It is estimated that 1 in 2 Canadians will get cancer in their lifetime and 1 in 4 will die from the disease.
Canadian Cancer Statistics, 1987 – 2020
Development of new and effective therapies for cancer patients is one of the most pressing medical challenges we face today. Currently, cancer therapies developed with traditional preclinical rodent models have a 94% failure rate in generating therapeutic benefit in human clinical patients. While the current rodent models have relevance and are important in the therapy development pipeline, they have several limitations, including genetic homogeneity, size and biological complexity differences, as well as lack of spontaneous cancer occurrence. Part of the low therapy success rate is attributed to an absence of predictive translational models that more closely replicate human cancer progression and response to therapy.
Companion animal cancer patients offer an unparalleled opportunity to study human cancers.
Companion animals have phenotypic diversity of naturally-occurring diseases similar to humans. Dogs develop many of the same cancers as humans and genomic analysis has shown that human and dog cancers have similar gene expression profiles.
In addition, the cancers are similar biologically, histologically, and in clinical course, setting companion animals apart from other mammals as models of human disease.
Companion animal cancer patients have been shown to be important predictive models of human disease progression and response to therapy and there is growing work that shows including them in the therapy development pipeline is critical.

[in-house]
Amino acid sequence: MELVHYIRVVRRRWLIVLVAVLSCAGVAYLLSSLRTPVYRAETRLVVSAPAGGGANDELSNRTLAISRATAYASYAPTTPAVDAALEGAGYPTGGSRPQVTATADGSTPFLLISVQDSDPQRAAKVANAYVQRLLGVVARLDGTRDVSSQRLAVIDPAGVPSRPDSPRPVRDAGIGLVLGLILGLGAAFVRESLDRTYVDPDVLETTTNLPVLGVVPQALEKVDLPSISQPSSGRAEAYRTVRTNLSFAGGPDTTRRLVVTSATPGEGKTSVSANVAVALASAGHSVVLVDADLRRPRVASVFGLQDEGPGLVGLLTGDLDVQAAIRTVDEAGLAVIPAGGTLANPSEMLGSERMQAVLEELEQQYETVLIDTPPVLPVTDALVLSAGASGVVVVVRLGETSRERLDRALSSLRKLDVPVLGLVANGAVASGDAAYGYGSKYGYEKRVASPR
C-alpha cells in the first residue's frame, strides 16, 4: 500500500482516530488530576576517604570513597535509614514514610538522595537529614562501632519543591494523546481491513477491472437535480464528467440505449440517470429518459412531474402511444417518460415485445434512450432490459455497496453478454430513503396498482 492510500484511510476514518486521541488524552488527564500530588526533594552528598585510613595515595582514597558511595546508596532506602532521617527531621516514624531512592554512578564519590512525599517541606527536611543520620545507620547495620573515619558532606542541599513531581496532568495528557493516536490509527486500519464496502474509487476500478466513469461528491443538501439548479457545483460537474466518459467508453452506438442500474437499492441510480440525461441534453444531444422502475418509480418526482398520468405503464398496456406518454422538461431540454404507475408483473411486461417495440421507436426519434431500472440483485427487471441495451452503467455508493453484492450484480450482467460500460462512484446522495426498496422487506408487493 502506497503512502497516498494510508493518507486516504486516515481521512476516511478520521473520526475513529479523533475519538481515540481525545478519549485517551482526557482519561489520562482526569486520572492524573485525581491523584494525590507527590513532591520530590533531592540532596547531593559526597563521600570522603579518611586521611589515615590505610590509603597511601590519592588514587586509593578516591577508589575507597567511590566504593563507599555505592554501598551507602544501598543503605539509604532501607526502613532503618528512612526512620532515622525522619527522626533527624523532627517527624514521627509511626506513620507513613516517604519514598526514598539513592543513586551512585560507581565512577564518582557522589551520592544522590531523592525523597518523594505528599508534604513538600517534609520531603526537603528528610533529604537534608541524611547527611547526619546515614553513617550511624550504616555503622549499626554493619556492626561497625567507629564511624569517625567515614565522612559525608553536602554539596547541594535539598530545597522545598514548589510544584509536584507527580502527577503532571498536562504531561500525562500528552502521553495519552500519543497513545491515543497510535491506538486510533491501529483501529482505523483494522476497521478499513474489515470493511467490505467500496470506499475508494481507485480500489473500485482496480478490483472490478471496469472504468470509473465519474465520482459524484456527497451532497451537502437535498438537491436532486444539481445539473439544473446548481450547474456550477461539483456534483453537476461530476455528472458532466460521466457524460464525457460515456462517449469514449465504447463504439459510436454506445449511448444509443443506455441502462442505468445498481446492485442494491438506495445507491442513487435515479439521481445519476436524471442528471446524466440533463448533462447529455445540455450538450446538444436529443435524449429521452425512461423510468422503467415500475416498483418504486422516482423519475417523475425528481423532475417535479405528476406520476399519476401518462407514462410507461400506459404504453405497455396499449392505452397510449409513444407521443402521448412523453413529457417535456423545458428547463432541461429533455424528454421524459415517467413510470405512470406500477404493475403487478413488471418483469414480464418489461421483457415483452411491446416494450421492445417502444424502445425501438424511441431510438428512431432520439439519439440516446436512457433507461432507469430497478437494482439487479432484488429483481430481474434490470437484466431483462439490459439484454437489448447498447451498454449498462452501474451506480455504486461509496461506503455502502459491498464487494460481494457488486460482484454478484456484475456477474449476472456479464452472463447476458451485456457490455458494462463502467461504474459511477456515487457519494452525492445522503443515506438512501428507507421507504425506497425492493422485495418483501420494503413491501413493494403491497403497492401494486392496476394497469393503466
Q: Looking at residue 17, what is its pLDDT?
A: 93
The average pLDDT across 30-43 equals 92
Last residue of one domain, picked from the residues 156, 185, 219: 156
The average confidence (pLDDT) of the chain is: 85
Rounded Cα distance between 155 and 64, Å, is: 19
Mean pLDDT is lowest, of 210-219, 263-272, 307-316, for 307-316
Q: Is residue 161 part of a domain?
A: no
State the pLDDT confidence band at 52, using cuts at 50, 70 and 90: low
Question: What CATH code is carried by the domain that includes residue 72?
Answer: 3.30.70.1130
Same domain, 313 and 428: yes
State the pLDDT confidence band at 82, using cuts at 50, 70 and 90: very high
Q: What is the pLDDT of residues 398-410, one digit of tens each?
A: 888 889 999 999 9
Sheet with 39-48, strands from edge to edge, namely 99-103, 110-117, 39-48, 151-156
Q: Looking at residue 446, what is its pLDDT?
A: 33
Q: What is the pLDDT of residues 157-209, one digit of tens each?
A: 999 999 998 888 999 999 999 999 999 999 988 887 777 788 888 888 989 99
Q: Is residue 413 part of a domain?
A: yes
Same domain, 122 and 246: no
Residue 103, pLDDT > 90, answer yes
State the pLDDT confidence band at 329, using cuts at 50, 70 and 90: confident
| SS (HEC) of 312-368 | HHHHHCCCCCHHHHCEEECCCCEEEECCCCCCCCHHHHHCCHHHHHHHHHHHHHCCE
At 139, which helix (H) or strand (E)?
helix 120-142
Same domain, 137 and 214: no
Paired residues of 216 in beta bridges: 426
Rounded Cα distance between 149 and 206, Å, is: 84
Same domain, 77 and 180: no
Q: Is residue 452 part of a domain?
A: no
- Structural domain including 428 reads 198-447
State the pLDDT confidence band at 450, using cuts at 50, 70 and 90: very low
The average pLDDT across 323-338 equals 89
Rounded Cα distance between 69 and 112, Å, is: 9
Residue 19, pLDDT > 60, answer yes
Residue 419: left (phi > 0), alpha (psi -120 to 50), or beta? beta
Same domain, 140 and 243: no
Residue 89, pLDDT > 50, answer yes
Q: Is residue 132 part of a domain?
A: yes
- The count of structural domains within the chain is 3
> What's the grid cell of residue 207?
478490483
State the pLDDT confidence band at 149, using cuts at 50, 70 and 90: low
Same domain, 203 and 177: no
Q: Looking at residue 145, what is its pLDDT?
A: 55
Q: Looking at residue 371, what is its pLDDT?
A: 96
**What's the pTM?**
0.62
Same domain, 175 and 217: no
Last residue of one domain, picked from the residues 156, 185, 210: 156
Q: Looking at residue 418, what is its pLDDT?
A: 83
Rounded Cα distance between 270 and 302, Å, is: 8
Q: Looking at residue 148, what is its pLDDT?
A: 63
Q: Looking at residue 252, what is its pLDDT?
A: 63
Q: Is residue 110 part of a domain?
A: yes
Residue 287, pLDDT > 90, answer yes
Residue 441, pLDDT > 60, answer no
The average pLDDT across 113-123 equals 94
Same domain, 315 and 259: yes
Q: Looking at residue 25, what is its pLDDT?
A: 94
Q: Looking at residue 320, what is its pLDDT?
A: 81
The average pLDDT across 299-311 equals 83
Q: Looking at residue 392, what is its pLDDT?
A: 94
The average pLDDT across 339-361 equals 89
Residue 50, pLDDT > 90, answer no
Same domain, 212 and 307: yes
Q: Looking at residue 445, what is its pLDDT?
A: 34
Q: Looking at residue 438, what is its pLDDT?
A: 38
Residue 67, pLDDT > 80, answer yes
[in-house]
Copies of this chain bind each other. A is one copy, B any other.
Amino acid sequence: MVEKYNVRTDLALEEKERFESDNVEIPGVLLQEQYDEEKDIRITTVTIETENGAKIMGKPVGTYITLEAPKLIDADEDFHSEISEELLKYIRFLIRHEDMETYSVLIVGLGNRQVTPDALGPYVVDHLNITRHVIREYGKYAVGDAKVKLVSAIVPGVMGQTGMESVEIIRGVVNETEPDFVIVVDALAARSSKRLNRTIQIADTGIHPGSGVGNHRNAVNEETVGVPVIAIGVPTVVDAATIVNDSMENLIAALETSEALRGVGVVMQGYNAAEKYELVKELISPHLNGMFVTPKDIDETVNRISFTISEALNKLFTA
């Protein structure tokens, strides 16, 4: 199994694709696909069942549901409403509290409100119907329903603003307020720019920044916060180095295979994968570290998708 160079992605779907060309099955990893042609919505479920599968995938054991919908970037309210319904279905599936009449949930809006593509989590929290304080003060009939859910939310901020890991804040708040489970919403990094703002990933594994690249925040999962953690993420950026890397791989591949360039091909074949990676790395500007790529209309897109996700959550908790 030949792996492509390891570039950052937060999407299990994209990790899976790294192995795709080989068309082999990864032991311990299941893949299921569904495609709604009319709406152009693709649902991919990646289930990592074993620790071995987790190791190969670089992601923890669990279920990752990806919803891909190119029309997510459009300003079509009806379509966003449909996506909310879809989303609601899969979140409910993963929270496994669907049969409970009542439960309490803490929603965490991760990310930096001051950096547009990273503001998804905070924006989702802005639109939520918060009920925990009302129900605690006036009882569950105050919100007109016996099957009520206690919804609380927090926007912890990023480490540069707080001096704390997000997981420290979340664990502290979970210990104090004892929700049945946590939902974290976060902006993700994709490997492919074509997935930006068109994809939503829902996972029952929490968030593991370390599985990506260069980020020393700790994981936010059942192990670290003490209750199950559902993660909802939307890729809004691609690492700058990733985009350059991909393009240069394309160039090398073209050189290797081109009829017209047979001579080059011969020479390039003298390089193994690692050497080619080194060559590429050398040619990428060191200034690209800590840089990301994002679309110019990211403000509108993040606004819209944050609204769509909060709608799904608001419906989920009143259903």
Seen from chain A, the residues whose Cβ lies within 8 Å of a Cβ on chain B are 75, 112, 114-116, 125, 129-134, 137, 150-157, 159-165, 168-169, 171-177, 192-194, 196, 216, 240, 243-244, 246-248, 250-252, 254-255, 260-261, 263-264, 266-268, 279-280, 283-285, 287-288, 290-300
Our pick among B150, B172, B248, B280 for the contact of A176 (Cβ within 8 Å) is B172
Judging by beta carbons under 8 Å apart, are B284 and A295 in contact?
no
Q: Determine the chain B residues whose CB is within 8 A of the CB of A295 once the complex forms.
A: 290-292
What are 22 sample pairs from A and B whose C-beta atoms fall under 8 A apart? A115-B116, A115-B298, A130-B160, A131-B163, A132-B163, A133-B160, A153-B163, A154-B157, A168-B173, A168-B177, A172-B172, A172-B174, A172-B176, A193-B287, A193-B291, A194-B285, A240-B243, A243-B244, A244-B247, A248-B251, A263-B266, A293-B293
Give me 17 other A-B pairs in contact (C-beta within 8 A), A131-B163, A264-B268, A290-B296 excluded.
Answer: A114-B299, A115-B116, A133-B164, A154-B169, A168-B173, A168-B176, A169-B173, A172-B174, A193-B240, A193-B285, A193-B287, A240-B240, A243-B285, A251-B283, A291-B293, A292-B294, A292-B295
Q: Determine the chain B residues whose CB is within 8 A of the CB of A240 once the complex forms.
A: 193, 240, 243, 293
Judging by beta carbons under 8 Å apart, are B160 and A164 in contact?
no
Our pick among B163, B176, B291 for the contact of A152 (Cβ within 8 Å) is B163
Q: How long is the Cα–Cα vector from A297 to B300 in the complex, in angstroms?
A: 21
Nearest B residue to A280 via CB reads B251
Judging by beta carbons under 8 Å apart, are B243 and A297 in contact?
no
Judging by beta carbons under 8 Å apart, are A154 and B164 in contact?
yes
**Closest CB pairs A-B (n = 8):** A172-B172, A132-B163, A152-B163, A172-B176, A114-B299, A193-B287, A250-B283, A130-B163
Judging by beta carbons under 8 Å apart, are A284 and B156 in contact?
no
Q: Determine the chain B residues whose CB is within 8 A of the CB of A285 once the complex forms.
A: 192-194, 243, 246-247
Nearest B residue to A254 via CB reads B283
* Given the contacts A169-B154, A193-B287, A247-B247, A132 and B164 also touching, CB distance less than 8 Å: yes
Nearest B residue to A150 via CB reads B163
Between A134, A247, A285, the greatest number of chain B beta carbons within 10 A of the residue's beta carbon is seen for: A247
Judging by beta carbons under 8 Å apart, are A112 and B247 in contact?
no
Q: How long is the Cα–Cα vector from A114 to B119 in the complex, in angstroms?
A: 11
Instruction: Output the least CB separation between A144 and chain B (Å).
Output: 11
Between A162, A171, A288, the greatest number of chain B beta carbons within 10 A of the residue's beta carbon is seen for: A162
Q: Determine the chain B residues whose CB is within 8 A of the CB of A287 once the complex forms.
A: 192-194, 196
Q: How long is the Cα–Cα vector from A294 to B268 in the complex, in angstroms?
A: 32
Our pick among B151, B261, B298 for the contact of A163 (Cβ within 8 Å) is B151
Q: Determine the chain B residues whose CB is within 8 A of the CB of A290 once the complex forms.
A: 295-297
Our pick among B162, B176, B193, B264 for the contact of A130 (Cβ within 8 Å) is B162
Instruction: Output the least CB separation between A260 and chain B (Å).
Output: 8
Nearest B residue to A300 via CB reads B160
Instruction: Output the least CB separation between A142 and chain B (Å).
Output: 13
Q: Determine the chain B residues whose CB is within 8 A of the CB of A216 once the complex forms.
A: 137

Companion animal studies provide a crucial complement, and a not replacement, of preclinical rodent model research.
The National Institutes of Health in the US has identified the importance of spontaneously-occurring cancers in companion animals as translational models of human cancer and recently funded a brain cancer clinical trial in dogs with spontaneously-occurring disease; with a goal to fast-track development of novel therapies in human brain cancer patients.
Our human clinical research collaborators have identified the importance of including companion animal patients in the development pipeline. We have precedence in this area with a human breast cancer vaccine evaluated in cats. Another example is a novel therapy for advanced-stage ovarian cancer we have developed. Treatment options for ovarian cancer have not changed in 40 years. This work will soon progress to companion clinical trials at the Animal Cancer Centre. Our clinical collaborators are very excited about the opportunity to work with our translational oncology group to bring this therapy to a human clinical trial. As a result of this work we anticipate the ability to significantly accelerate progression to Health Canada approval.
In order for this translational research to reach its full potential, the need is clear. Cancer researchers must be able to conduct the highest-quality studies with the preclinical models and following this, we must then be able to test, revise, and refine the therapeutic intervention in our companion animal clinical trial patients. As a result of this work, we will then be able to take comprehensively-tested therapies to human clinical trials, enhancing the success rate; which will greatly reduce the cost of cancer treatment and provide more effective cancer therapies for patients that desperately need them.